Kaya Taran 

A standing nun points towards a seated mother and child.
Neelamari and Neeta Mahendra play the mother and son.

Explorations of religious violence and interreligious harmony are nothing new to Indian cinema. Even Western films set in India, like the 2008 British blockbuster, Slumdog Millionaire, feature depictions of the brutal violence that interreligious riots periodically unleash 1992. But the majority of these films tend to focus solely on the experiences of Hindus and Muslims during these riots.  

The 2004 Hindi language film Kaya Taran takes an alternative approach. Set in a Catholic convent during the 1984 anti-Sikh riots which led to the deaths of hundreds of innocent Sikhs at the hands of rioters seeking revenge over the assassination of then Prime Minister Indira Gandhi by her Sikh bodyguards. It follows the lives of a group of nuns who offer shelter to a Sikh woman and her eight year old son seeking refuge from the riots and killings outside.  

The film explores the growing relationship between the Sikh mother, her son Jaggi, and the nuns who especially grow to adore Jaggi and the shared sense of vulnerability they all face as religious minorities in a country where discriminatory violence is a very real threat. This is especially true for those who wear outward identifiers of their faith. For the nuns, it’s their religious habits, and for Jaggi it’s his long uncut hair and turban which the nuns initially cut to conceal his Sikh identity. The film concludes with a nun helping the young boy retie his turban, the boy no longer willing to hide his religious identity in the face of majoritarian intimidation and discrimination. His convictions serve as an inspiration for the viewers, many of whom have never experienced a situation where we were made to choose between our religious beliefs and our personal safety. 


In this article we explored five Indian movies and their engagement with Christian themes. However, I should also mention that not all Indian cinema’s depictions of Indian Christians have been positive ones. For example, the long-standing trend of depicting Indian Christian women as hypersexual hedonists, whose behaviour is usually contrasted negatively against a more virtuous Hindu woman.  

There is also the tendency to reverse exoticize Indian Christian society as White people in brown bodies for an audience that has had little personal contact with Indian Christians and tends to view the religion as a foreign import. One trope is to have Indian Christian characters speaking Indian languages in an inexplicably foreign sounding accents despite having grown up entirely within India. 

The Indian audience is unique for its willingness to watch movies that present deeply spiritual messages from faith traditions which they themselves do not adhere to.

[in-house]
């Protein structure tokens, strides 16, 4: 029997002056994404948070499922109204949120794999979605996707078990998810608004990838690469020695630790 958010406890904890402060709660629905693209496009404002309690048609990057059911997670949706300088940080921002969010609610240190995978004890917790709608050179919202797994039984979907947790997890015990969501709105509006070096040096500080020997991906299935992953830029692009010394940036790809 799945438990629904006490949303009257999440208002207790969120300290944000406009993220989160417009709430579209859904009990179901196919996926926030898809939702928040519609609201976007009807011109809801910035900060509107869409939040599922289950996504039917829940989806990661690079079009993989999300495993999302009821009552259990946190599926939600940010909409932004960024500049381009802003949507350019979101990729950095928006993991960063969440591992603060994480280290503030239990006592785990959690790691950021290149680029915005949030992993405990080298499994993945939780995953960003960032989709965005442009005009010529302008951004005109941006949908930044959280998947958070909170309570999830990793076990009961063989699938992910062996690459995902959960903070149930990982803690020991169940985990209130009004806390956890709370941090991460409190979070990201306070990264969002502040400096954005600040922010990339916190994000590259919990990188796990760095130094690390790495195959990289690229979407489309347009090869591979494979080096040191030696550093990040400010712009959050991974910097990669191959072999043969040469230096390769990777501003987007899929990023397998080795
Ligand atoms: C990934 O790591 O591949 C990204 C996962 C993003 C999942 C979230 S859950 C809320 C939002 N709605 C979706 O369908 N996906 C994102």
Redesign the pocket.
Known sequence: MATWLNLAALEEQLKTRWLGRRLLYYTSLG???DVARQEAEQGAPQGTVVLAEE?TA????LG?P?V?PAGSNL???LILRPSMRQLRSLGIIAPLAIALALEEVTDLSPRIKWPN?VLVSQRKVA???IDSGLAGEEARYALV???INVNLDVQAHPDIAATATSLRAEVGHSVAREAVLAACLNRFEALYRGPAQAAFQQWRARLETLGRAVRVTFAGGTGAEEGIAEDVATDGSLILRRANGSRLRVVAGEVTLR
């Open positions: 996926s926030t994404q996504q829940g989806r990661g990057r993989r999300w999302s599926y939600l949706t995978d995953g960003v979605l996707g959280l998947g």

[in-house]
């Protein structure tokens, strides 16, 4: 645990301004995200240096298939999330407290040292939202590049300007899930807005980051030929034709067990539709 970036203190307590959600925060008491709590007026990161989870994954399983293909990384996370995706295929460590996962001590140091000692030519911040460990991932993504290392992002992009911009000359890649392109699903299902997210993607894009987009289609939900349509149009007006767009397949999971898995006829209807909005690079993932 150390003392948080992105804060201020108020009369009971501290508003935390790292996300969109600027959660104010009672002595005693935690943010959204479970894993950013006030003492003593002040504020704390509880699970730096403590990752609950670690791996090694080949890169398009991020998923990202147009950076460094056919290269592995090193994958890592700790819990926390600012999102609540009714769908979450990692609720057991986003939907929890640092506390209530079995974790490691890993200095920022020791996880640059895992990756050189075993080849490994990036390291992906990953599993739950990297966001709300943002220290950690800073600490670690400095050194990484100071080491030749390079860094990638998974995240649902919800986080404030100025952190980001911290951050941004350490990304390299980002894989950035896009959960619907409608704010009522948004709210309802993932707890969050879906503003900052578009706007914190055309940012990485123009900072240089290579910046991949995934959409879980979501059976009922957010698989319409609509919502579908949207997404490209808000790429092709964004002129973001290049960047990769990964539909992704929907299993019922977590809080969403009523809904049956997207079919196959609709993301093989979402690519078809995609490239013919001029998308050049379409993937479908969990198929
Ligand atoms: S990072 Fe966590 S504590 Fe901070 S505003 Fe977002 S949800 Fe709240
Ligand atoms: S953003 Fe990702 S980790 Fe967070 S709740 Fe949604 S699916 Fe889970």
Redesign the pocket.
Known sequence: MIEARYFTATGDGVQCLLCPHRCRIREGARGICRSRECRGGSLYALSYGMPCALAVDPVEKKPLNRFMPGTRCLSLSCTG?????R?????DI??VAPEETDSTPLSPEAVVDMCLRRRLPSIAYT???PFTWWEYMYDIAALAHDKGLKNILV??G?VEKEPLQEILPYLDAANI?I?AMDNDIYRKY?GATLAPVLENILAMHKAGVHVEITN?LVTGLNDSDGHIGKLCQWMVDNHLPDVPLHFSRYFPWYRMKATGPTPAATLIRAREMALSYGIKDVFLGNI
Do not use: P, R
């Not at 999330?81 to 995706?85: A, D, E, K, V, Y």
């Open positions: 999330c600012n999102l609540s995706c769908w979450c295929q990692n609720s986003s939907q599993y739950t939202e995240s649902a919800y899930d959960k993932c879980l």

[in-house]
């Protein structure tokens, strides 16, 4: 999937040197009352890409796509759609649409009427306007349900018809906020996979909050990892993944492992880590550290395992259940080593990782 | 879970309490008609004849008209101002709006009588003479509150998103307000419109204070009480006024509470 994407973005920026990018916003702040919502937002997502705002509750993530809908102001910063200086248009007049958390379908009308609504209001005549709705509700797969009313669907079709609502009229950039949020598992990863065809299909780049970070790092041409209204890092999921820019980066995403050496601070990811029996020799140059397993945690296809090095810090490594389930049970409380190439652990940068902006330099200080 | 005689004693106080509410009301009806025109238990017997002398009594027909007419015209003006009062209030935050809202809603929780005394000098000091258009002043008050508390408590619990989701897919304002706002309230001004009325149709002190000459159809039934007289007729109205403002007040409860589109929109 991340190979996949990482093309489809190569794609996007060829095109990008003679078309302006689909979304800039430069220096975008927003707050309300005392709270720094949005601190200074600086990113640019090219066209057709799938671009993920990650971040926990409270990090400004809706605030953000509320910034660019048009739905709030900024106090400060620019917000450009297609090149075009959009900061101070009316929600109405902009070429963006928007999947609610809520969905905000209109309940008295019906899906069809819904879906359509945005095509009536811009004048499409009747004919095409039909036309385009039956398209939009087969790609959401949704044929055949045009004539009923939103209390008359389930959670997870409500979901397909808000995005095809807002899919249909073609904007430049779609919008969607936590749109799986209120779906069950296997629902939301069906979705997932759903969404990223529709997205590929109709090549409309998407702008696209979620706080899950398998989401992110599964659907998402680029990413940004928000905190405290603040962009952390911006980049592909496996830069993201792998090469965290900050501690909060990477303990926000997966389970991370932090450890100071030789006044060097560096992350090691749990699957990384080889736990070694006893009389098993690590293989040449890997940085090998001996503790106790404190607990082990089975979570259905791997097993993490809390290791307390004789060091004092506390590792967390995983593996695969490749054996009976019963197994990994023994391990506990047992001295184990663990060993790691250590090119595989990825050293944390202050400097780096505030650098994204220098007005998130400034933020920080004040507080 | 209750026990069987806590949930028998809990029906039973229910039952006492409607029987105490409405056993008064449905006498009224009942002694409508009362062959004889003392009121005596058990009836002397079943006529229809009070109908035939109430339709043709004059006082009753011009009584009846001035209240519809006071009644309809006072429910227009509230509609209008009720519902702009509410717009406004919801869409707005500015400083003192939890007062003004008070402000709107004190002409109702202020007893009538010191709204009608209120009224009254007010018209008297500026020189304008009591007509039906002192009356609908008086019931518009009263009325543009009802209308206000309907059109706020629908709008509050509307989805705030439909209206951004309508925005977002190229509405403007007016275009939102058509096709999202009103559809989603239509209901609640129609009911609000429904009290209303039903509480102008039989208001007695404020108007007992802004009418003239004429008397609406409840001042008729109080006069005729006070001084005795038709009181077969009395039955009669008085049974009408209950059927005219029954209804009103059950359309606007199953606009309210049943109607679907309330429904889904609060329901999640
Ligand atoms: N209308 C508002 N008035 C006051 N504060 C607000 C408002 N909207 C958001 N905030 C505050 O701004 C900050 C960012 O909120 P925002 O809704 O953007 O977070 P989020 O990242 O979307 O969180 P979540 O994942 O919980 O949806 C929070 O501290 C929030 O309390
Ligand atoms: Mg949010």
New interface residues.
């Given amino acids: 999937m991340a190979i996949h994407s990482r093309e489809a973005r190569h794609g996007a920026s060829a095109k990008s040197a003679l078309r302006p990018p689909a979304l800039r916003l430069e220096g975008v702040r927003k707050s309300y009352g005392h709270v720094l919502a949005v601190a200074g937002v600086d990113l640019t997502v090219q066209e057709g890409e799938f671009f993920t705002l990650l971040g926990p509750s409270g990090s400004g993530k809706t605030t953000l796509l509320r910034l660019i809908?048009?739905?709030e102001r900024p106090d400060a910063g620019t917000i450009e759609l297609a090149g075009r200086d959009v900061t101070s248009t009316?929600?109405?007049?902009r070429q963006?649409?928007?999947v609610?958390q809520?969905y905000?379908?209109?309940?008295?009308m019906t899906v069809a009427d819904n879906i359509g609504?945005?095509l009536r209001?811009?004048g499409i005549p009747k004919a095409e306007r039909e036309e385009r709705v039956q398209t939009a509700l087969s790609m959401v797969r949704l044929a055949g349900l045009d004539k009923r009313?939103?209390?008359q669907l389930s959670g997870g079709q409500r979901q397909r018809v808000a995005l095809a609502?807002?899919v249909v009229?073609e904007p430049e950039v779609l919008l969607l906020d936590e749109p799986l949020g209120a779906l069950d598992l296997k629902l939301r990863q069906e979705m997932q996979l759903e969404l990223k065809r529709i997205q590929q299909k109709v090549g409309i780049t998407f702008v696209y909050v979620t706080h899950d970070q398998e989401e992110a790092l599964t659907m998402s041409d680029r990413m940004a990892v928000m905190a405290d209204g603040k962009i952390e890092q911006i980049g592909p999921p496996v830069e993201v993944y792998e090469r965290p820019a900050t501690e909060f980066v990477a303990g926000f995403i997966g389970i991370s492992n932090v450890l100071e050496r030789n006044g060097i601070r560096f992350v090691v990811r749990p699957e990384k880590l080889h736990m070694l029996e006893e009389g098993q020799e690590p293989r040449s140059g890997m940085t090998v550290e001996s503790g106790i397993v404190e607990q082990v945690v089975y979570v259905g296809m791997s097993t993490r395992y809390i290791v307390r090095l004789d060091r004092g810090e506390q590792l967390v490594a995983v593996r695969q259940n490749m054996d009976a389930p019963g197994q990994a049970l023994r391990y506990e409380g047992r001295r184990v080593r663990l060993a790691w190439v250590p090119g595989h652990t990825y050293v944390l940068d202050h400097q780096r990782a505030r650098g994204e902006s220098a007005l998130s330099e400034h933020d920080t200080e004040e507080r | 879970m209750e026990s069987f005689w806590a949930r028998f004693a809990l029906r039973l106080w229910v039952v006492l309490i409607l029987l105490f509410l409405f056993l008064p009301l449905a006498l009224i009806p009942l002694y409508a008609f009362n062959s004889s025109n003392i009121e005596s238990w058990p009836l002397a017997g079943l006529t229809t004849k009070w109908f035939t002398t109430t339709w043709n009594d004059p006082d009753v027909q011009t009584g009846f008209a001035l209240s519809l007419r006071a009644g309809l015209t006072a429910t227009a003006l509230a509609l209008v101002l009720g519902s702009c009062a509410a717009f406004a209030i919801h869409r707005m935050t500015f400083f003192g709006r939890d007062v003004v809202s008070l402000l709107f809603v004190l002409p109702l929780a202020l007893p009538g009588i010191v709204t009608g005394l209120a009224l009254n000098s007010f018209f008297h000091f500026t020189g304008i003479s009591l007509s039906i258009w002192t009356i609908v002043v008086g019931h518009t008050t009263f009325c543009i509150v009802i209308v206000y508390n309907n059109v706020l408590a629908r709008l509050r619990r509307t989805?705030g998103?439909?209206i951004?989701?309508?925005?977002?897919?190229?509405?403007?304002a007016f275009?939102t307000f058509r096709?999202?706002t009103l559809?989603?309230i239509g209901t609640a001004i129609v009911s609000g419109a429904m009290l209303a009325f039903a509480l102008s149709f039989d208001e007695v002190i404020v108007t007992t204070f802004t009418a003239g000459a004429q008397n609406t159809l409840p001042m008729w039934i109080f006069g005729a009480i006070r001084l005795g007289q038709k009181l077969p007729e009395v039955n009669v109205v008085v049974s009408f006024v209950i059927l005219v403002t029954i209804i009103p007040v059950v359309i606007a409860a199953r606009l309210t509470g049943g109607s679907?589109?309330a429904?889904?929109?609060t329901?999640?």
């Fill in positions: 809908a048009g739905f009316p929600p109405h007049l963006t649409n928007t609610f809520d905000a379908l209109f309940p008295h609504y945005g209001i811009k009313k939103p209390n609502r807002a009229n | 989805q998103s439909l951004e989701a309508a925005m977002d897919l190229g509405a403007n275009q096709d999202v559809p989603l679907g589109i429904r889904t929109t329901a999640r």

But, in an era where the Indian Christian community finds itself increasingly maligned in the public discourse, movies like the ones discussed above can play an important role in helping to present an alternative narrative. One rooted in the authentic, diverse experiences of Indian Christians themselves. The Indian audience is unique for its willingness to watch movies that present deeply spiritual messages from faith traditions which they themselves do not adhere too. A quirk which speaks to the inherently multicultural nature of Indian society where which has always consisted of diverse communities living side-by-side one another. 

4 min read

De-coding the hidden messages in Christmas carols

Ian Bradley is Emeritus Professor of Cultural and Spiritual History at the University of St Andrews.

Beyond the festive imagery, some carols hint at rebellion and even revolution. Ian Bradley tells their stories.
Dressed in Victorian clothes, a group of carol singers stand and sing amid Christmas foliage.
Mario Mendez on Unsplash.

Carols are one of the best loved features of Christmas celebrations and one of the most effective means of spreading the good news of the birth of Jesus, the Saviour of the world. In addition to their clear proclamation of the doctrine of incarnation, that God has taken on human form and come to dwell among us, some of our most popular carols may also have been written to convey further hidden messages. 

Take ‘O come, all ye faithful’, for instance. On the surface it seems a straightforward hymn of adoration to the newborn Christ but in fact historians suggest that it may well have been written in its original Latin form, ‘Adeste, fideles,’ as a coded message to rally Jacobites to the cause of Bonnie Prince Charlie on the eve of his rebellion against the British crown in 1745. The man generally reckoned to have been its author, John Francis Wade, was a fervent supporter of the Jacobite cause who seems to have written it while he was plain-chant scribe at the English Catholic college in Douai, France where a weekly Mass was celebrated for the return of the Stuarts to the British throne.